CLARIFICATION ON MCCAULEY
I recently received the October 2005 issue of World War II Magazine that contained the memoir “In Enemy Hands,” which was written by my late husband Dr. Charles McCauley. Although in general I was very pleased with how your editors handled my husband’s piece, there is one fact in the foreword to the story that misrepresents Charles’ experience. Charles and the rest of the crew were ordered to jump—jumping was not presented as an option. In addition, I thought that your readers might be interested to know that Charles received numerous medals for his service in the war, including the POW Medal, Air Medal and Purple Heart with Oak Leaf Cluster. Following his death on October 3, 2001, he had the honor of being buried in Arlington National Cemetery.
I read with great pleasure the letter in the September 2005 issue from Major Richard Winters (“Communiqués”), the legendary commander of Easy Company, 506th Parachute Infantry, regarding the occupation of Berchtesgaden. In Band of Brothers, there is a photograph of Sergeant Floyd Talbert standing on the hood of one of Adolf Hitler’s staff cars in Berchtesgaden. In the book it says that Talbert tested its bulletproof windows with armor-piercing ammunition and then ran the engine without oil in it.
At the Canadian War Museum in 1998, I admired the centerpiece of the collection, one of Hitler’s staff cars that was found on a railway flatcar in Germany and sold to a collector in North America who later donated it. It always puzzled the staff and visitors that someone had fired armor-piercing ammunition through the passenger side window, where Hitler might have sat. I wonder if these two cars could in fact be the same.
Quesnel, British Columbia
A YOUNGER READER
I wanted to compliment you on your publication. I imagine that many of your readers are World War II–era veterans and have an excellent frame of reference in regard to the many articles and photos you publish.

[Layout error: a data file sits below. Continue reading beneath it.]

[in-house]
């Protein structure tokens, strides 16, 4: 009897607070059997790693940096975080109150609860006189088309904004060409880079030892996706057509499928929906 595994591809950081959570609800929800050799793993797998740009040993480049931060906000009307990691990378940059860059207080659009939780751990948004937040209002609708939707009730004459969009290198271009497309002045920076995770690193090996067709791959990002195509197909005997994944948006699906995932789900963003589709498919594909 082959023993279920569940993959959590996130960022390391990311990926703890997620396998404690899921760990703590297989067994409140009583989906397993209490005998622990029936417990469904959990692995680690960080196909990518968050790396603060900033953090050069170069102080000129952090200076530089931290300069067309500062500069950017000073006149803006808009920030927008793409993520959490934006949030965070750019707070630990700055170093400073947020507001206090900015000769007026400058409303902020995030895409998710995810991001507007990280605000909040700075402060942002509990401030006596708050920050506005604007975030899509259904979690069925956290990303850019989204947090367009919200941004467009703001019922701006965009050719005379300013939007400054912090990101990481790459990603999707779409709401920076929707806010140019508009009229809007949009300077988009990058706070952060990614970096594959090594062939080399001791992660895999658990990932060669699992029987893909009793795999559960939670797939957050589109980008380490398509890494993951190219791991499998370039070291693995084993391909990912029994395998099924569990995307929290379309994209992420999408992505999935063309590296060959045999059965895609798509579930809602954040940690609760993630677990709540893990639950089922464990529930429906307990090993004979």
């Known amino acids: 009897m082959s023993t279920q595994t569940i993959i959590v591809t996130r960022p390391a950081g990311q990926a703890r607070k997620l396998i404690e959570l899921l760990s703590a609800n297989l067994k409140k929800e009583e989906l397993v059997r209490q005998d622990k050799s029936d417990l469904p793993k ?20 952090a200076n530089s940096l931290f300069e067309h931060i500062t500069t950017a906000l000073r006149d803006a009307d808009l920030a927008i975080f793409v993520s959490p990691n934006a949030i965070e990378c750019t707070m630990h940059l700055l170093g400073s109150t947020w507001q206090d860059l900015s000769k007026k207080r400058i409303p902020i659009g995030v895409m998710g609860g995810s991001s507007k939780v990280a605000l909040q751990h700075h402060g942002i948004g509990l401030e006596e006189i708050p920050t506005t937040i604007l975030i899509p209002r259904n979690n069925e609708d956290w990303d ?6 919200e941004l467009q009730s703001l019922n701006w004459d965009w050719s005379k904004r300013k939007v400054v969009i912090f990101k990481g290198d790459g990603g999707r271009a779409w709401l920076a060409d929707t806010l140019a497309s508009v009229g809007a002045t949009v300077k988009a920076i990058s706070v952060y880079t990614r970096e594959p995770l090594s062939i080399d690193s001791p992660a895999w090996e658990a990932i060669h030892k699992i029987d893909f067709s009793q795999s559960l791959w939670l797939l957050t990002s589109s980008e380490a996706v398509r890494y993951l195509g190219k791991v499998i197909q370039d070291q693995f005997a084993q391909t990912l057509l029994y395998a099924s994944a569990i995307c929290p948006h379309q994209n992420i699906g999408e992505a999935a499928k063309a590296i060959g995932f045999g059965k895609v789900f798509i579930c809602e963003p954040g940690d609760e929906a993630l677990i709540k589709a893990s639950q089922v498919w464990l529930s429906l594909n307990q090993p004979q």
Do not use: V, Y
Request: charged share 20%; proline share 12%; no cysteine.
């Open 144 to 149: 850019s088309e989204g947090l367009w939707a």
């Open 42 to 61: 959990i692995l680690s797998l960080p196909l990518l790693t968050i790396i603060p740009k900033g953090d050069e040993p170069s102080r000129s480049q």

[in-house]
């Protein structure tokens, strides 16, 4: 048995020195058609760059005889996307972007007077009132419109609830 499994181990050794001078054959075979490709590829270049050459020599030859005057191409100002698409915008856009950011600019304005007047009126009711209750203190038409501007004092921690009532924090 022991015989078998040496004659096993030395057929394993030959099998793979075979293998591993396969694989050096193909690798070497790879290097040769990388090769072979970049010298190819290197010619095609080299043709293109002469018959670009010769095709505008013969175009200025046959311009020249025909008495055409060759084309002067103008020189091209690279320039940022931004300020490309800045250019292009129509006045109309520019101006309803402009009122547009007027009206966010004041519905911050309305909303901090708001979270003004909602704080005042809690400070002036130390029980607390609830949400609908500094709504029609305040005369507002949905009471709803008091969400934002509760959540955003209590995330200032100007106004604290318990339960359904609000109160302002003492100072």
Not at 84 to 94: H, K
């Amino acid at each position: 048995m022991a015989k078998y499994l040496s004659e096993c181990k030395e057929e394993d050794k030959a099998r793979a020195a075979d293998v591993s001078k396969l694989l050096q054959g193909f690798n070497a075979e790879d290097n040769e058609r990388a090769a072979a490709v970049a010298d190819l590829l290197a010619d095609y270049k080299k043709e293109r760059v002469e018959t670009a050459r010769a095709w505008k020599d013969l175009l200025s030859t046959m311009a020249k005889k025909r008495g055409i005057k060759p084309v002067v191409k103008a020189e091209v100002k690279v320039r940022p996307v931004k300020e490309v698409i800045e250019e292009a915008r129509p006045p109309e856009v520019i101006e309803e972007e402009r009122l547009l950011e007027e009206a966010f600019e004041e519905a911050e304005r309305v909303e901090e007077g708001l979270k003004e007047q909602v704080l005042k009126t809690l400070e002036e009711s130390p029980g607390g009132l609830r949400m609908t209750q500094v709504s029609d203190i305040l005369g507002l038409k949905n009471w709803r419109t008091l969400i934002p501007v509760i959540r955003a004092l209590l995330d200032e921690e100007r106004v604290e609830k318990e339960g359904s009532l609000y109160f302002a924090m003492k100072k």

I am 17 years old and have always been a history buff. I enjoy the articles in the magazine because they give me a sense of what was happening then and the hard facts. They have a sense of action that shows feelings that are hard to duplicate in words. Thank you for printing a magazine that appeals to all ages. I always look forward to the next issue.
VIEW FROM THE GROUND
In the story “Low-Level Hell in the Philippines,” in the November 2005 issue, Bob Wilson describes flying his B-25 over Balikpapan in June 1945 to spray DDT to prevent malaria. I presume that when he talks about the island, he means the big island of Borneo and not the small island of Tarakan farther north; both were major oil producers. I remember the B-25s very well: They flew over our camp to let us know on August 23, 1945, that the war was over and we were free again. Unfortunately, the victory came too late for 200 Dutch citizens held on Samarinda farther south from Balikpapan. In July the Japanese had killed men, women and children in a monstrous way, the children being dumped alive into a mine shaft.
I later met an American sailor who participated in the landings of the Aussies at Balikpapan. Those troops were on their way home when they were diverted to the landings. There, Japanese surrendered in great numbers for the first time. The sailor recalled an Australian on the hood of a jeep with a bull whip to encourage the Japanese prisoners to catch up with the column. After 60 years I still struggle with my memories of three years of brutal Japanese internment.
PROBLEM IN THE PACIFIC
I just discovered your magazine World War II and I congratulate you on putting out such a wonderful publication. I am a World War II veteran and served with the U.S. Army Air Forces in the Philippines at the beginning of the war. I took part in the Battle for Bataan and after the surrender took part in the Bataan Death March and was later imprisoned at the dreaded Fort Santiago.
I would like to point out an error in your Victory in the Pacific special issue. In “Manila’s Bloody Liberation,” you say that the University of Manila is the school adjacent to the old Bilbid prison, but it is actually Far Eastern University.
The special brought back many memories of my time in the service. When we received word of the Japanese attack we were told that the U.S. Navy carriers were out to sea at the time and were thus spared. I have always wondered where, in fact, those carriers were.
Oscar M. Buenconsejo
Originally published in the February 2006 issue of World War II. To subscribe, click here.